Belgrade (Special to Informed Comment) – A large scale conflict seems to be on the verge of breaking out between Western-backed Ukraine and two Russian-sponsored, breakaway republics, the Donetsk People’s Republic and Lugansk People’s Republic. Tensions in the coal-rich Donbass region of Eastern Ukraine remain high, and though diplomacy may have postponed a full-scale war, the outbreak of one cannot be ruled out.
On February 20, Russian President Vladimir Putin and his French counterpart Emmanuel Macron reportedly agreed to try to secure a ceasefire in the Donbass where shelling along the entire front line dramatically increased over the past few days. The self-proclaimed republics have started mass evacuation of the civilian population, allegedly fearing of an “imminent” Ukrainian military offensive.
Ever since Russia issued an “ultimatum” to the United States in December 2021, demanding an end to NATO expansion eastward, many American analysts and politicians have been speculating about on which day o a Russian invasion of the Eastern European country may begin. After Russia did not attack Ukraine on February 16, as the US President Joe Biden had predicted, the Kremlin officials as well as the Donbass leaders started playing the same game – accusing Ukraine of planning to launch an imminent military offensive against the Russian proxies.
“The Armed Forces of Ukraine can intensify their offensive on the night of February 21 near Donetsk and Lugansk”, said Viktor Vodolatsky, a high-ranking Russian lawmaker, stressing that the Ukrainian Army is “moving towards the self-proclaimed republics”.
Many other Russian politicians insist that a large-scale war could come at any time. Alexander Borodai who served as the first prime minister of the self-proclaimed Donetsk People’s Republic and is now a member of the Russian Parliament, claims that a war between Russia and Ukraine is inevitable. It is worth remembering that in 2015 Borodai said that Russian actions in the southeast of Ukraine were a “false start”. Does that mean that in 2022 the Kremlin could capture not just the Donbass, but also other Russian-speaking regions of Ukraine?
According to the Russian political and military analyst Yuriy Podolyaka, tensions in the region will reach its climax on February 21 and 22, while in December 2021 Vladimir Zhirinovsky, the leader of the Russian systemic opposition Liberal Democratic Party, said that the war will break out on February 22 at 4 AM.
What Russian and Western analysts and politicians have in common is that they both seem to enjoy speculating about the exact date Russia and Ukraine could start a war. But what if they prove to be wrong again?
There are fears in the West that the Russian President Vladimir Putin could seize the entire Ukraine, as well as the Baltic states – Lithuania, Estonia and Latvia – and even try to destabilize the Balkans. Such actions, however, do not seem to be realistic, especially in the Balkans – a region in southeastern Europe that is heavily in the United States’ and the European Union’s geopolitical orbit.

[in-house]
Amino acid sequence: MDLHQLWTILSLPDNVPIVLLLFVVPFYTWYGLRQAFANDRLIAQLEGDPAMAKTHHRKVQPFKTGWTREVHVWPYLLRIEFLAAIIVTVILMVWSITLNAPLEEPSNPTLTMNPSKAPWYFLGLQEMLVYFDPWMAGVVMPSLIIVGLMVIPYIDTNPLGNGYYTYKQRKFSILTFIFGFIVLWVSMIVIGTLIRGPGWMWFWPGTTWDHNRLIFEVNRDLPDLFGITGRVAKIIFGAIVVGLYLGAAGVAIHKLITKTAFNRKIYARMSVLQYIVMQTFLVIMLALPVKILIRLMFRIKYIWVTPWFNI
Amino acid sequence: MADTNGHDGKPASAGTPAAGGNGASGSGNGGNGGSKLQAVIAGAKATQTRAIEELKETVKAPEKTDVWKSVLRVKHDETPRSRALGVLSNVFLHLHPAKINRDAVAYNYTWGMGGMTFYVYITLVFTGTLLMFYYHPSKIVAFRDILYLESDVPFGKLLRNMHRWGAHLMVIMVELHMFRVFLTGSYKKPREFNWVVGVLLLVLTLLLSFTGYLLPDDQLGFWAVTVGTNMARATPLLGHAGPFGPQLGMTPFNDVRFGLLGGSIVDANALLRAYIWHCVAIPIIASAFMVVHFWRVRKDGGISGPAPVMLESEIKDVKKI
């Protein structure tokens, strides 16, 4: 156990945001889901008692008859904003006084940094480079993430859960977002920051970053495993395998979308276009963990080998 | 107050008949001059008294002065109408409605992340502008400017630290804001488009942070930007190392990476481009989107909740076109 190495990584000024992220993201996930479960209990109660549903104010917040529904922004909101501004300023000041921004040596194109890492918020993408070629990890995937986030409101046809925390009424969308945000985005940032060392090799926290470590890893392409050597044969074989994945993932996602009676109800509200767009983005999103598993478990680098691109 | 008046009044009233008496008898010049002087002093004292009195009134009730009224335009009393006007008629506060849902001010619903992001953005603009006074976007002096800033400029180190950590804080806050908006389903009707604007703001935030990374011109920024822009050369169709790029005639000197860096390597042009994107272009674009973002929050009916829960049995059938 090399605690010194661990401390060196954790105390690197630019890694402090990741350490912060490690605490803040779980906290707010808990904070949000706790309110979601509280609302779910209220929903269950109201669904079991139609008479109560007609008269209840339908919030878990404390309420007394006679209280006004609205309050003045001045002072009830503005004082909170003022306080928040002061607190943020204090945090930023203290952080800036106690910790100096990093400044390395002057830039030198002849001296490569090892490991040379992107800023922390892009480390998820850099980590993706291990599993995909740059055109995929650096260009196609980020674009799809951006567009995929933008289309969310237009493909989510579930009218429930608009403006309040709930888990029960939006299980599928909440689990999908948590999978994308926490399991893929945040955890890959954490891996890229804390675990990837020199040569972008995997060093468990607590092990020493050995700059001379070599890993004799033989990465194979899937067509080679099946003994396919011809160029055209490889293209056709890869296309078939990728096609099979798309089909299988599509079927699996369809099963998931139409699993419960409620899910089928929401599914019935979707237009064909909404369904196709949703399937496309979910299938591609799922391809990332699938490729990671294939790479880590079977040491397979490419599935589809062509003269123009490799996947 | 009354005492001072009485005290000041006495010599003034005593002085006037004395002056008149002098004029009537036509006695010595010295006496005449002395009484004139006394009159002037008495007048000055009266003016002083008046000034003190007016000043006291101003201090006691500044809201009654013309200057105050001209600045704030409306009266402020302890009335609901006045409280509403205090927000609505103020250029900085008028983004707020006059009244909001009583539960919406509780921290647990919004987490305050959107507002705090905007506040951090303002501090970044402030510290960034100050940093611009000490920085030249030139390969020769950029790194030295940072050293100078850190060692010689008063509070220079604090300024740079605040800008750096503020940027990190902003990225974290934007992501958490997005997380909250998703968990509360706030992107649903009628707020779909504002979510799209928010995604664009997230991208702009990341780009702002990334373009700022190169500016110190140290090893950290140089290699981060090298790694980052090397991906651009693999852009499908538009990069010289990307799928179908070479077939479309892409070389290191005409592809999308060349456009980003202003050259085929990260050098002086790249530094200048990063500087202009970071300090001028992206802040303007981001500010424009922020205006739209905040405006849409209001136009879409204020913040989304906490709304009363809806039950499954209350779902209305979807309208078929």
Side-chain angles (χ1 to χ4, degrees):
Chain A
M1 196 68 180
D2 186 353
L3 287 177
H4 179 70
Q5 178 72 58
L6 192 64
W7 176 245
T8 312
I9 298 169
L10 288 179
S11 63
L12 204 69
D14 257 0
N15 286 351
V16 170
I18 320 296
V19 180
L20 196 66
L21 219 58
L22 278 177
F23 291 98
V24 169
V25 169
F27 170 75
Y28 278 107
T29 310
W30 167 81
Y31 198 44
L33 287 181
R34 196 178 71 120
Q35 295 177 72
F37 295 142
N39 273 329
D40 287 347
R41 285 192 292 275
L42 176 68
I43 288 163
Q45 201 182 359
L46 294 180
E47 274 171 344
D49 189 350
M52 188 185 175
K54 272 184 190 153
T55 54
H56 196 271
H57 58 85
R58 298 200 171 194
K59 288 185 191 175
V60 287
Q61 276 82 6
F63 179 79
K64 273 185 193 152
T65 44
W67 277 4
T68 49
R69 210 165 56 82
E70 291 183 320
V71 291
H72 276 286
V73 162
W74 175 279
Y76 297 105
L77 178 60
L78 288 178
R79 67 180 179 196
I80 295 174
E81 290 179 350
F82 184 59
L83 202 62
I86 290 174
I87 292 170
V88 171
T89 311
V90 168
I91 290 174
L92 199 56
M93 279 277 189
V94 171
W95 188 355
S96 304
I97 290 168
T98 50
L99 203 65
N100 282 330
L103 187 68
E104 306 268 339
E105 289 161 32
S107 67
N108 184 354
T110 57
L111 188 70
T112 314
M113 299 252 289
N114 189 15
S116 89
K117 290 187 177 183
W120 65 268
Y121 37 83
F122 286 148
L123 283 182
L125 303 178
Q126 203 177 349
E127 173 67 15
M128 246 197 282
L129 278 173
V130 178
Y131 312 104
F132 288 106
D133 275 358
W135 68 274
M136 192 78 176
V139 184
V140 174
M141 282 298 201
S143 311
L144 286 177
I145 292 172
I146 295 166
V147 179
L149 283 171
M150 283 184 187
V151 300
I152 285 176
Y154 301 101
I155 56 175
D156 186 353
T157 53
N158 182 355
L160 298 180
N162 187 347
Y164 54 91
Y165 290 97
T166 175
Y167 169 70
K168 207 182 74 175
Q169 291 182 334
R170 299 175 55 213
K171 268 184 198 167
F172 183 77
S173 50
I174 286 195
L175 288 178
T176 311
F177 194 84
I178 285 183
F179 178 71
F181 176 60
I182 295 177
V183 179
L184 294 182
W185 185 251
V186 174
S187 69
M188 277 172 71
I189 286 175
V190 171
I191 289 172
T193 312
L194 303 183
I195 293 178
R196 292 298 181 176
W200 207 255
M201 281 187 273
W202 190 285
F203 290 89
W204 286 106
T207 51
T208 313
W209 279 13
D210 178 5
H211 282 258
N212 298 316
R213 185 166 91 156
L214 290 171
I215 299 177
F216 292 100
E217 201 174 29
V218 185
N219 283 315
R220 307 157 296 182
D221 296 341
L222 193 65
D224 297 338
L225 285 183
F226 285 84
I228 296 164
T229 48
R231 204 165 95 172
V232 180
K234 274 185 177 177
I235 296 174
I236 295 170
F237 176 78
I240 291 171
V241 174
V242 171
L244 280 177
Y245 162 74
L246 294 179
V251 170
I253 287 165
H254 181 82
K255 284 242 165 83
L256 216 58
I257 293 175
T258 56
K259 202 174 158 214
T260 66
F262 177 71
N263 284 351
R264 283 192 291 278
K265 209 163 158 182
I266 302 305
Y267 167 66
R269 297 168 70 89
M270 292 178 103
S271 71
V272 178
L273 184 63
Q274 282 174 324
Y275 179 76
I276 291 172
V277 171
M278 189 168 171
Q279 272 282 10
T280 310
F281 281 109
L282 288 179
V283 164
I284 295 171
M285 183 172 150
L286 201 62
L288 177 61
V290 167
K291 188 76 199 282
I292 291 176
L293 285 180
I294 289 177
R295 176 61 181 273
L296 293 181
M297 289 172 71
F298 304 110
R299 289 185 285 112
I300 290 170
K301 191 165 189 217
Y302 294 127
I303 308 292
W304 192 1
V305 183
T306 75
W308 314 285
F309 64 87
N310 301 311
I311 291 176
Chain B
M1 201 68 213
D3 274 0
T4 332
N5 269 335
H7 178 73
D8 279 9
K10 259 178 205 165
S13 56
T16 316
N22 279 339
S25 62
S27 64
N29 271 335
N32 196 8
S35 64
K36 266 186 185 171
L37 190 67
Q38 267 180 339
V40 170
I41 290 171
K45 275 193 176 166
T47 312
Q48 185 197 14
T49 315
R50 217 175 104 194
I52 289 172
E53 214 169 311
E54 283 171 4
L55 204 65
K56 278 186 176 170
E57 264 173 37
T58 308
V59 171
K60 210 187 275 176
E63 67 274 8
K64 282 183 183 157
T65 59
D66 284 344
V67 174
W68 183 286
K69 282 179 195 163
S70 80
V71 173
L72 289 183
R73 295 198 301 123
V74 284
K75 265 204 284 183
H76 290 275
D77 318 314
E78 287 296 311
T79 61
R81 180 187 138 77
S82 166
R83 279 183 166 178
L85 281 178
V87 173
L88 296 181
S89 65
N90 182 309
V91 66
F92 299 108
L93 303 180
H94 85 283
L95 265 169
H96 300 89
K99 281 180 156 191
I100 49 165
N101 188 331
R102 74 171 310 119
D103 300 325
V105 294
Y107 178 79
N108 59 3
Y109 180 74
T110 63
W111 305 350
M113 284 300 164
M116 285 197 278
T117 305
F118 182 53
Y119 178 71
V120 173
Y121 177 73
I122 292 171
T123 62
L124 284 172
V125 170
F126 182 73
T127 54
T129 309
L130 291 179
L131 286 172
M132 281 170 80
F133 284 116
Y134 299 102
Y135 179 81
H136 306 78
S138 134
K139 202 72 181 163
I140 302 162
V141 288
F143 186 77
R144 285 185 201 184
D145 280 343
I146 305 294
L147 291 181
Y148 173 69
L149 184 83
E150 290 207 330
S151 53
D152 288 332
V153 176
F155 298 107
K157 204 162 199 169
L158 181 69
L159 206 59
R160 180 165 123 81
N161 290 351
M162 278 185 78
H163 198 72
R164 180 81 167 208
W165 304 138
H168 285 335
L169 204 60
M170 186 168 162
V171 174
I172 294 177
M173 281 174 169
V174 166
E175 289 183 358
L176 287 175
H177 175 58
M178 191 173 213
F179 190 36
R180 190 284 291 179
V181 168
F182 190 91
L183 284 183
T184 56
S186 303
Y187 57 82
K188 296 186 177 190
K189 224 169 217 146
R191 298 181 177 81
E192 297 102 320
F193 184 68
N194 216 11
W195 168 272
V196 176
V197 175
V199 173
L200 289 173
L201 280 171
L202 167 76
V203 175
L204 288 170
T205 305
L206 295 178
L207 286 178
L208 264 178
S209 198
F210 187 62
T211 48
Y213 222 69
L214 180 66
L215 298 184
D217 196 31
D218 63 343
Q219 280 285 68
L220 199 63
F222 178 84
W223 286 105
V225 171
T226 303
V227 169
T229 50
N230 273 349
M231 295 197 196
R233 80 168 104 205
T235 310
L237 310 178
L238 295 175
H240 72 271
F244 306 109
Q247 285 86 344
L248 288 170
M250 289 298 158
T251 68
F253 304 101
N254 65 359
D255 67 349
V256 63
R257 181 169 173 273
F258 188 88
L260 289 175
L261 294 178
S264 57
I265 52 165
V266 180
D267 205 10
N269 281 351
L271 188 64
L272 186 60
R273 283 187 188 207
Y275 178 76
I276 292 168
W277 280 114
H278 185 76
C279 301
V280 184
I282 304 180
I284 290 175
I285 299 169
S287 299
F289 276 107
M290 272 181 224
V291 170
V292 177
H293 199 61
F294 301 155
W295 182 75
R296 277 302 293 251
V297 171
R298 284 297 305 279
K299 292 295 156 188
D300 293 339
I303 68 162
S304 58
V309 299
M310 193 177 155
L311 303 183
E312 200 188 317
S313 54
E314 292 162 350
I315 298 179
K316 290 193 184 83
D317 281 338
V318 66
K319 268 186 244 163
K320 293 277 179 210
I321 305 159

It is entirely possible, however, that Putin could try to fabricate a humanitarian crisis in the Donbass. Indeed, Putin has already started accusing Ukraine of committing “genocide” in the Donbass, and Russian media now focus on a “refugee crisis”, given that thousands of people from the region have been evacuated to Russia. Such a narrative – well-known in the Balkans where the West used the same tactics in the 1990s to demonize the Serbs – could eventually serve as a pretext for a military campaign against Ukraine.
To this day, however, Putin continues to call Ukrainians “brotherly people”, although he refuses to return the coal-rich Donbass region and gas-rich Crimea to “brotherly” Ukraine. Instead, Moscow has deployed tens of thousands of troops near the Ukrainian border, most likely in an attempt to send a message to Kiev and Washington that Russia will intervene in case Ukraine launches a military offensive in the Donbass.
If a large-scale war really breaks out, the Donbass republics can count on Serbian volunteers, who already fought on the pro-Russian side in 2014, while fighters from Croatia could yet again join the neo-Nazi Ukrainian Azov battalion. There are also rumors that mercenaries from other Balkan nations could go to the front line in Eastern Ukraine, although not many people in the region are particularly eager to fight in what looks to be a proxy war between Russia and the United States on the Ukrainian territory.
Officially, Serbia calls on both Russia and Ukraine to resolve the crisis by diplomatic means, while the President of Croatia Zoran Milanovic threatens to recall all troops from NATO forces in Eastern Europe in case a conflict between Moscow and Kiev escalates. In other words, Serbia and Croatia are seeking to preserve good ties with both Russia and Ukraine. However, if the West puts enough pressure on the two countries, Belgrade and Zagreb will have to openly side with Kiev.
Meanwhile, the Balkan nations, as well as the rest of the world, will wait to see if apocalyptic predictions of a major war in Europe will come true.